Experiment 20 of Make:Electronics describes a hardware device that protects a computer (or any other electrical device) from being used unless a specific numeric code is entered on a keypad. The experiment is built around two 7400 logic chips (74HC08 and 74HC04). These chips process the input from the keyboard and trigger a 555 chip if the three digit input is correct. The 555 chip in turn switches a (latching) relay.
Initially I had a problem finding a numeric keypad suitable for this experiment. The Velleman 12 keys Keypad KP-12 wasn’t available at my local supplier. Luckily I found an alternative that is fulfilled the requirements (and looks suspiciously similar to the Velleman).
Breadboarding was done according to figure 4-84 of the book. I double checked all the connections. At this stage I left the relay out and tested the circuit. After punching 1-4-7 the LED on the output the 555 timer lit up however with further testing I discovered a problem. Every numeral code that includes 1 and then 7 lit up the LED (e.g. 1-9-7). After comparing the circuit on my breadboard with figure 4-84 I discovered that I mistakenly had pin 4 and pin 5 of the 74HC08 logic chip connected (see image below). Also digit 4 of the keypad was connected to pin 5 instead of 4. After I corrected the mistakes everything worked fine. Next I’ll try to connect the relay to the circuit.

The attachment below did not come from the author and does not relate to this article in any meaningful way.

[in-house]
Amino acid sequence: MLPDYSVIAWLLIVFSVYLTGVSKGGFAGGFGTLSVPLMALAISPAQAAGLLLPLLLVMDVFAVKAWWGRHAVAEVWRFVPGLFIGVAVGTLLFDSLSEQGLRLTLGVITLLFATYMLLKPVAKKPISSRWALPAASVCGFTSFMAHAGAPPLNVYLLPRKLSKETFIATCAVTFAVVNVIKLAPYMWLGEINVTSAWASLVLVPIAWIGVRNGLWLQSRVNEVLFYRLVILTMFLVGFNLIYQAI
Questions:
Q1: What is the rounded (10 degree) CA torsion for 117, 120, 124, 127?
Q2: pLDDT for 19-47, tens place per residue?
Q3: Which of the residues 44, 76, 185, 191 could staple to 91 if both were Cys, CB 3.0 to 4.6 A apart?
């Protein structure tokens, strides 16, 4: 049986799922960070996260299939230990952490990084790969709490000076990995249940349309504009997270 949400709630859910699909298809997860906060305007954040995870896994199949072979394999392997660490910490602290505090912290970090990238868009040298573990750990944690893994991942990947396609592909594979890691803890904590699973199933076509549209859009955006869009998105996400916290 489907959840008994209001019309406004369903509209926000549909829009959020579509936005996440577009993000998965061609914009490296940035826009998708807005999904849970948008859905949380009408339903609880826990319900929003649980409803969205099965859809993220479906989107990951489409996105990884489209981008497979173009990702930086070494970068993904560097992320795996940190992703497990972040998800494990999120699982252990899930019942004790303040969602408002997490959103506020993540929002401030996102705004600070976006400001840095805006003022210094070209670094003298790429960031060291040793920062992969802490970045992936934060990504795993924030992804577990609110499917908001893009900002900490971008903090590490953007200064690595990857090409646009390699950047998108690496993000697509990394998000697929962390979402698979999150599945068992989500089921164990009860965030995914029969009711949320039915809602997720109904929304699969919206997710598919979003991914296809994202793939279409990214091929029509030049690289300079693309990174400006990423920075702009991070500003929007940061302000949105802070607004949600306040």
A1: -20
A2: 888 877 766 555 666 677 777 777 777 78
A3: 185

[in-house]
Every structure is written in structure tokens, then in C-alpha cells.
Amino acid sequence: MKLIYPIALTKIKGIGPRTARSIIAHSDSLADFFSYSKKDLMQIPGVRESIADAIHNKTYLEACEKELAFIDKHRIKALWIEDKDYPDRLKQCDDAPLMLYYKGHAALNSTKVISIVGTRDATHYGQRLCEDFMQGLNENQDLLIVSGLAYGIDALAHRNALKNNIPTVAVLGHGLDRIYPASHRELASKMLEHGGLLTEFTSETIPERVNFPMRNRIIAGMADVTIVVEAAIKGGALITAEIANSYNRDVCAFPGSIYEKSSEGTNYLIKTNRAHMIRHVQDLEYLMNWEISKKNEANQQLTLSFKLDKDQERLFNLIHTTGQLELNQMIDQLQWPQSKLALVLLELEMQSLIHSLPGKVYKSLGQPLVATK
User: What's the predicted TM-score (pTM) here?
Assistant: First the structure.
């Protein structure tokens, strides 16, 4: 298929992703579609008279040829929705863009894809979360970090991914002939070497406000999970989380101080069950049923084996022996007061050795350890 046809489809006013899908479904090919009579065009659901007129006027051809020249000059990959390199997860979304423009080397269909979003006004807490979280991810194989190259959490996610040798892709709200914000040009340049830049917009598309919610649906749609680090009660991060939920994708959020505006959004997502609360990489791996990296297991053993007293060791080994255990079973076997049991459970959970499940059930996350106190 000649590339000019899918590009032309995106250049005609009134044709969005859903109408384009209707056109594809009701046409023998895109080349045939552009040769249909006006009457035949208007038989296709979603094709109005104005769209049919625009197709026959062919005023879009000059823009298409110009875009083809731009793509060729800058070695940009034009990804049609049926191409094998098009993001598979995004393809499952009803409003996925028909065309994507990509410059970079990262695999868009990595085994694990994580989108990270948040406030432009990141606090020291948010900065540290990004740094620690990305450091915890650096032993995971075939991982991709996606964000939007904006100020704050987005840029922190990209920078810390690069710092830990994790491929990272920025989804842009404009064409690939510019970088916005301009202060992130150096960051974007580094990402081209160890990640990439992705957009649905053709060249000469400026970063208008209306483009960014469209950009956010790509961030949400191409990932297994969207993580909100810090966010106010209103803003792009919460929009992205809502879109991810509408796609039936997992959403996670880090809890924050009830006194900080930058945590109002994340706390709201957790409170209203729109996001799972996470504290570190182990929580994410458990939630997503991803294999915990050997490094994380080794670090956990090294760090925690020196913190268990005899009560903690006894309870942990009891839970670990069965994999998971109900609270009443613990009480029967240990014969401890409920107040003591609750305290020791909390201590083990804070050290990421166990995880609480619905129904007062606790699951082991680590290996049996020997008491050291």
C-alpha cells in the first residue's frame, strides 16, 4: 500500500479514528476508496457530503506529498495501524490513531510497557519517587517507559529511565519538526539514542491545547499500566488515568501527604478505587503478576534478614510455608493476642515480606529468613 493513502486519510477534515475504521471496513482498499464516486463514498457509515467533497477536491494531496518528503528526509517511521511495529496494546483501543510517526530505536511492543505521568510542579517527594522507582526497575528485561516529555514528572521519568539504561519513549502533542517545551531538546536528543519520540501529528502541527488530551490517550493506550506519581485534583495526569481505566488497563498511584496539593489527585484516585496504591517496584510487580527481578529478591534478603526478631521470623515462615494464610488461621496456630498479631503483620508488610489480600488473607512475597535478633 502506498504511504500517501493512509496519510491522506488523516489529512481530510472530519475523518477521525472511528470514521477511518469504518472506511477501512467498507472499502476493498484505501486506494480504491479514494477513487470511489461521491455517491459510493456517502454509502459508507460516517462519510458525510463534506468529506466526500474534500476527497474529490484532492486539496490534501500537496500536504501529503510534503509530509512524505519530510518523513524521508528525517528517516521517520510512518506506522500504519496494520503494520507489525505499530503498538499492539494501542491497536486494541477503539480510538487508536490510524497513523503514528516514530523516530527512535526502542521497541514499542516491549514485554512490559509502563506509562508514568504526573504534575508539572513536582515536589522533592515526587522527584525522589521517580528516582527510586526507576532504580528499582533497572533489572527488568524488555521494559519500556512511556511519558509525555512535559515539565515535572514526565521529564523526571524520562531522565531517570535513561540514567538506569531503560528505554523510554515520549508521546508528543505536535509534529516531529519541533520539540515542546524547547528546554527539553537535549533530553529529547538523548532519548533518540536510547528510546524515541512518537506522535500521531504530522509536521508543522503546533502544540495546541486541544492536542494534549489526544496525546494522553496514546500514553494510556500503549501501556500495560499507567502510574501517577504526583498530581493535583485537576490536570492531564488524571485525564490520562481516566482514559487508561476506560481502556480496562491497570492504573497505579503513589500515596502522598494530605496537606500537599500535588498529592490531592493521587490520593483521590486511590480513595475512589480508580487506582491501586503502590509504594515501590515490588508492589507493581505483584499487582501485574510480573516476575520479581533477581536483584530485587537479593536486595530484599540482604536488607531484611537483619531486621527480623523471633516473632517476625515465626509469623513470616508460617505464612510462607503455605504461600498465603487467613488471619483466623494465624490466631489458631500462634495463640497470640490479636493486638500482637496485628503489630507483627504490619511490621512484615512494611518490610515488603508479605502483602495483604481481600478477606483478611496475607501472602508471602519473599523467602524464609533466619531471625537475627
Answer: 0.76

|Overview of the circuit on the breadboard. Relay is disconnected from the rest of the circuit.|
|The mistake that I made visible in the ‘fish eye’|